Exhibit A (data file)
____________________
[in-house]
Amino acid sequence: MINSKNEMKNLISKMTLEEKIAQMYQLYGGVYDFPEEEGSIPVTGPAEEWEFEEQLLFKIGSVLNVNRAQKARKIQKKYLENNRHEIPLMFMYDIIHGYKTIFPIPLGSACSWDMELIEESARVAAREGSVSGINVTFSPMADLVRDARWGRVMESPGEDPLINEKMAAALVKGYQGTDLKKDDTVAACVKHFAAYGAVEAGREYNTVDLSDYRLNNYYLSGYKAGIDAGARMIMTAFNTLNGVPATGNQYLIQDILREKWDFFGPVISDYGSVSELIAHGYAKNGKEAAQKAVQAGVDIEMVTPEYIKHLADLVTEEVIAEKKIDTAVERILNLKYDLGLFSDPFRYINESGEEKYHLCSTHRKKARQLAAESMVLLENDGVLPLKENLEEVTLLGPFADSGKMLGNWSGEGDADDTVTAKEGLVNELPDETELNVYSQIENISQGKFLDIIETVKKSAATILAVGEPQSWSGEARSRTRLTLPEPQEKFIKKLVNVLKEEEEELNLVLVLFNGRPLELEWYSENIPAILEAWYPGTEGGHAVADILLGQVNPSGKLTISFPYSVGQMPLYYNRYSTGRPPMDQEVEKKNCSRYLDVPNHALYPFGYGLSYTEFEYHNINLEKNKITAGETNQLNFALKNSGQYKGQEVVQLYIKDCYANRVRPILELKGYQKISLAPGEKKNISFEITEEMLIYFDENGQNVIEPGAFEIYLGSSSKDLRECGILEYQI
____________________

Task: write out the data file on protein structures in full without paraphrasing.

[in-house]
Amino acid sequence: MINSKNEMKNLISKMTLEEKIAQMYQLYGGVYDFPEEEGSIPVTGPAEEWEFEEQLLFKIGSVLNVNRAQKARKIQKKYLENNRHEIPLMFMYDIIHGYKTIFPIPLGSACSWDMELIEESARVAAREGSVSGINVTFSPMADLVRDARWGRVMESPGEDPLINEKMAAALVKGYQGTDLKKDDTVAACVKHFAAYGAVEAGREYNTVDLSDYRLNNYYLSGYKAGIDAGARMIMTAFNTLNGVPATGNQYLIQDILREKWDFFGPVISDYGSVSELIAHGYAKNGKEAAQKAVQAGVDIEMVTPEYIKHLADLVTEEVIAEKKIDTAVERILNLKYDLGLFSDPFRYINESGEEKYHLCSTHRKKARQLAAESMVLLENDGVLPLKENLEEVTLLGPFADSGKMLGNWSGEGDADDTVTAKEGLVNELPDETELNVYSQIENISQGKFLDIIETVKKSAATILAVGEPQSWSGEARSRTRLTLPEPQEKFIKKLVNVLKEEEEELNLVLVLFNGRPLELEWYSENIPAILEAWYPGTEGGHAVADILLGQVNPSGKLTISFPYSVGQMPLYYNRYSTGRPPMDQEVEKKNCSRYLDVPNHALYPFGYGLSYTEFEYHNINLEKNKITAGETNQLNFALKNSGQYKGQEVVQLYIKDCYANRVRPILELKGYQKISLAPGEKKNISFEITEEMLIYFDENGQNVIEPGAFEIYLGSSSKDLRECGILEYQI